I, Mannequin

Mannequins are typically overlooked. Used as models, they are created to display, not to be displayed themselves. But these anonymous body shapes have an anthropological value, revealing the ideals of a particular time or culture. Line them up and watch as busts heave and regress, hips narrow and flare, and silhouettes curve to reflect economic trends.

Like a modern-day Geppetto, New York–based designer Ralph Pucci decided to give life to these dolls. Pucci joined his parents’ mannequin-repair company in 1976, and was inspired to collaborate with designers to create artworks from these faceless forms. After 40 years, the best of his treasure trove is being displayed at the Museum of Art and Design (MAD) in “Ralph Pucci: The Art of the Mannequin.”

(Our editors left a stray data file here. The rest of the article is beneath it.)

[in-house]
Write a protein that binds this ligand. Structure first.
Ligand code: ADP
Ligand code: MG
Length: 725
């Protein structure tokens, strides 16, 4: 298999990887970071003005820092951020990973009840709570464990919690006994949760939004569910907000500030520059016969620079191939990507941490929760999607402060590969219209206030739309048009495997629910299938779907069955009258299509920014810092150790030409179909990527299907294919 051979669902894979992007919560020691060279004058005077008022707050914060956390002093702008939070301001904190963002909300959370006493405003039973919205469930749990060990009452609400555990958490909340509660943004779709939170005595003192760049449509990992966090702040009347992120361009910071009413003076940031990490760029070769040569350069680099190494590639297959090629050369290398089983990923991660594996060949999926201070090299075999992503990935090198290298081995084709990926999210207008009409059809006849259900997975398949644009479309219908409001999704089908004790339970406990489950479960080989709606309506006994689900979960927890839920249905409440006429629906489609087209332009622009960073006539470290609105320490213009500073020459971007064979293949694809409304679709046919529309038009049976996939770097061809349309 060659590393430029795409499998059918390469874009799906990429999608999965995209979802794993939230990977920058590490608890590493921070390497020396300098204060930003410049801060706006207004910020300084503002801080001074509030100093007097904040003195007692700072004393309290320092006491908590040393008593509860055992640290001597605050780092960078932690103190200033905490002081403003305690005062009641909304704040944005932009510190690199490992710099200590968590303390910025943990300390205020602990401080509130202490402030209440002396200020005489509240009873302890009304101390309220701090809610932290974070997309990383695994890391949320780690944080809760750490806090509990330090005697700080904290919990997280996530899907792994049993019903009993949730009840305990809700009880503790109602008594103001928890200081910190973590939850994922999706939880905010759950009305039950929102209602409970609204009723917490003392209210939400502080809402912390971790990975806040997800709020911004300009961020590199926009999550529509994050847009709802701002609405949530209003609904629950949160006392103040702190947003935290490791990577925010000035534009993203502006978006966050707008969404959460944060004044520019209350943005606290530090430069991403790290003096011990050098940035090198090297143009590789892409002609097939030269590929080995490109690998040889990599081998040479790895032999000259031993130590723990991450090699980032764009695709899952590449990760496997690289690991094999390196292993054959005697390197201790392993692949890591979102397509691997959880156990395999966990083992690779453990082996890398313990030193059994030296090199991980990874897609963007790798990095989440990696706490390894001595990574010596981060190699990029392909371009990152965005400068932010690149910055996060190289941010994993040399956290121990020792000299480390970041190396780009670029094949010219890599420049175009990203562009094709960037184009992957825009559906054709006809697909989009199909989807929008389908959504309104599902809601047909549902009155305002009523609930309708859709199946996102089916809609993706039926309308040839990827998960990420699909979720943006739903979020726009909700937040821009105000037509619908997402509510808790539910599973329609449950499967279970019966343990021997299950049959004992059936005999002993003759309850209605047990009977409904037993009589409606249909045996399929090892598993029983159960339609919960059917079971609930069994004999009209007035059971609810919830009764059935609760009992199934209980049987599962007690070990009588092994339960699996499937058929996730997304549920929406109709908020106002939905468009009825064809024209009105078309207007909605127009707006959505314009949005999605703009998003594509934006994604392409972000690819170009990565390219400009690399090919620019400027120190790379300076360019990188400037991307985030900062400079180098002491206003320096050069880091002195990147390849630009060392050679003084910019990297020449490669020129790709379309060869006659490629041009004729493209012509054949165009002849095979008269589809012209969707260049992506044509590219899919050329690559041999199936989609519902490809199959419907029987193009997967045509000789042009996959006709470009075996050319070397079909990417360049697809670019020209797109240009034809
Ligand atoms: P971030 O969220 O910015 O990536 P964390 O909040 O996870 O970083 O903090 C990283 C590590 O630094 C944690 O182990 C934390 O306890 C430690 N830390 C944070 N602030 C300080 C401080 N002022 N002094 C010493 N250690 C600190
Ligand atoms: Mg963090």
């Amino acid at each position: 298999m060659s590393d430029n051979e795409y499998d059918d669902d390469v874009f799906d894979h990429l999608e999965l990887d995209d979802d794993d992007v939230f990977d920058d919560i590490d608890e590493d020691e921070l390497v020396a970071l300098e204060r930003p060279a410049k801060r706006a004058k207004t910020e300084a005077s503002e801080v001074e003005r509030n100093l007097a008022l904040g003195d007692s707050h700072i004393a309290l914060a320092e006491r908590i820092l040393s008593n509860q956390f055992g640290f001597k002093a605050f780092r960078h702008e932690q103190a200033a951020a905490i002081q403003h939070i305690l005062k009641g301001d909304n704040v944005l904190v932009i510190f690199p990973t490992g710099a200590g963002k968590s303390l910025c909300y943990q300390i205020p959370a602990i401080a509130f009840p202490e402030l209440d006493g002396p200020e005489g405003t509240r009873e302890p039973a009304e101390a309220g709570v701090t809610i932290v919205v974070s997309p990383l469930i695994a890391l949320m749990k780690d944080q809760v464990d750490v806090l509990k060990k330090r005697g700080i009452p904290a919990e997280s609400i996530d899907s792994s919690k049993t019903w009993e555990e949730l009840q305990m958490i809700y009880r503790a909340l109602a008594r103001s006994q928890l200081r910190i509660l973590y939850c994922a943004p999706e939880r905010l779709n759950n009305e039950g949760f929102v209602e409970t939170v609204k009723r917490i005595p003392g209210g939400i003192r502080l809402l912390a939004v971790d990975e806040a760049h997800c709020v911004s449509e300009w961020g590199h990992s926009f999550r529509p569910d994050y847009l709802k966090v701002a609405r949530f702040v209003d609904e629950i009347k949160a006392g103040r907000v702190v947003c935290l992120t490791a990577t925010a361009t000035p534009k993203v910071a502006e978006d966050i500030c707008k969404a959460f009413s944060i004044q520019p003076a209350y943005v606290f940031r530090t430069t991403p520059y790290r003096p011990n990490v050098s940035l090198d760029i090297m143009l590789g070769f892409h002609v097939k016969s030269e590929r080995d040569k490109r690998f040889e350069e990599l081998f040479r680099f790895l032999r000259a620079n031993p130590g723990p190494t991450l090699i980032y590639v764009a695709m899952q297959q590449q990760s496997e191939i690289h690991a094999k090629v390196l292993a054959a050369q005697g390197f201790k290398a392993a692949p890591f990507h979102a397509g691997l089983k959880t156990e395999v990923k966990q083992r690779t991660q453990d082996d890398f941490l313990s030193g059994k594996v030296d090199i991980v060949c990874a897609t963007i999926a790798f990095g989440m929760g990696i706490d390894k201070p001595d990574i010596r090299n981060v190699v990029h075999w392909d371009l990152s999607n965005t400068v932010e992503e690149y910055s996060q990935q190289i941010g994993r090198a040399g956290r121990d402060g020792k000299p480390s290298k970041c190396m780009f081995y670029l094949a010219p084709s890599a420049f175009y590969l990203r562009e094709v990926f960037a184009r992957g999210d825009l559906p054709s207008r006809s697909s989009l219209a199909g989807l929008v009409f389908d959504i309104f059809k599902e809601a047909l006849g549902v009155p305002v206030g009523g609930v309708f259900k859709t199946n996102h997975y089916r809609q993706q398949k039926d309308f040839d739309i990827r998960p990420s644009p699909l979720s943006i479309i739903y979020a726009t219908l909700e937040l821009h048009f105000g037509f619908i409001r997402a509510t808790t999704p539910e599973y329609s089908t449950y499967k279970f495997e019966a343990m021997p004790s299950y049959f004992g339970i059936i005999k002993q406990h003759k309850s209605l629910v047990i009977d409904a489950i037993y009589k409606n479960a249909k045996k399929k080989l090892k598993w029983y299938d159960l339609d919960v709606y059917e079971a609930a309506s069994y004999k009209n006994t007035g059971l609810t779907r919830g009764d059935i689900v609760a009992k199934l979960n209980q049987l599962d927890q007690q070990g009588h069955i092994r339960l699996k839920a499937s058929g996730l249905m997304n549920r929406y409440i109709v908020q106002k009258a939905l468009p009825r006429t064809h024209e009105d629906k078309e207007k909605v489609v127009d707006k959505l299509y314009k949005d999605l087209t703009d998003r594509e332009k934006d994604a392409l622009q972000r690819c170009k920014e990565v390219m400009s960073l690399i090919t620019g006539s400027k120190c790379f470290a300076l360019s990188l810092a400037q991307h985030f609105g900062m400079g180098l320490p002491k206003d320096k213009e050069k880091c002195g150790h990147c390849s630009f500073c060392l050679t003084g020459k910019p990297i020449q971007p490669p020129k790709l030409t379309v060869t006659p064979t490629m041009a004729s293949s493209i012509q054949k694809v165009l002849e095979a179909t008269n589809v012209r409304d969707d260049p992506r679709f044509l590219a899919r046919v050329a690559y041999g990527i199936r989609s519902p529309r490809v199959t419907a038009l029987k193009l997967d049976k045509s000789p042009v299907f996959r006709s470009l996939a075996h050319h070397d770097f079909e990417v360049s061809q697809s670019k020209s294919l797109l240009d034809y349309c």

The exhibit features the sculptures from collaborators like Ruben Toledo (“Birdland,” 1988, a surreal form used to display accessories), Kenny Scharf (“Swirley,” 2000, a classic body with a Pop Art face), and Maira Kalman (“Ada,” 1994, a whimsical model based on her illustrated characters). There are 30 of Pucci’s most important works and an on-site recreation of his sculpture studio, where in-house master sculptor Michael Evert will be in residence to demonstrate what goes on behind the scenes.

Pucci has had a remakable effect on the history of mannequins. He adapted the forms to cultural shifts, for example, when excersizing started first becoming trendy, he freed the models from their standard poses to include how a shirt would look mid-serve. He was a visionary about how a mannequin could boost a display, instead of fading into the background. MAD’s exhibit reveals the clever eye behind this revolution in fashion, coming from an unexpected place.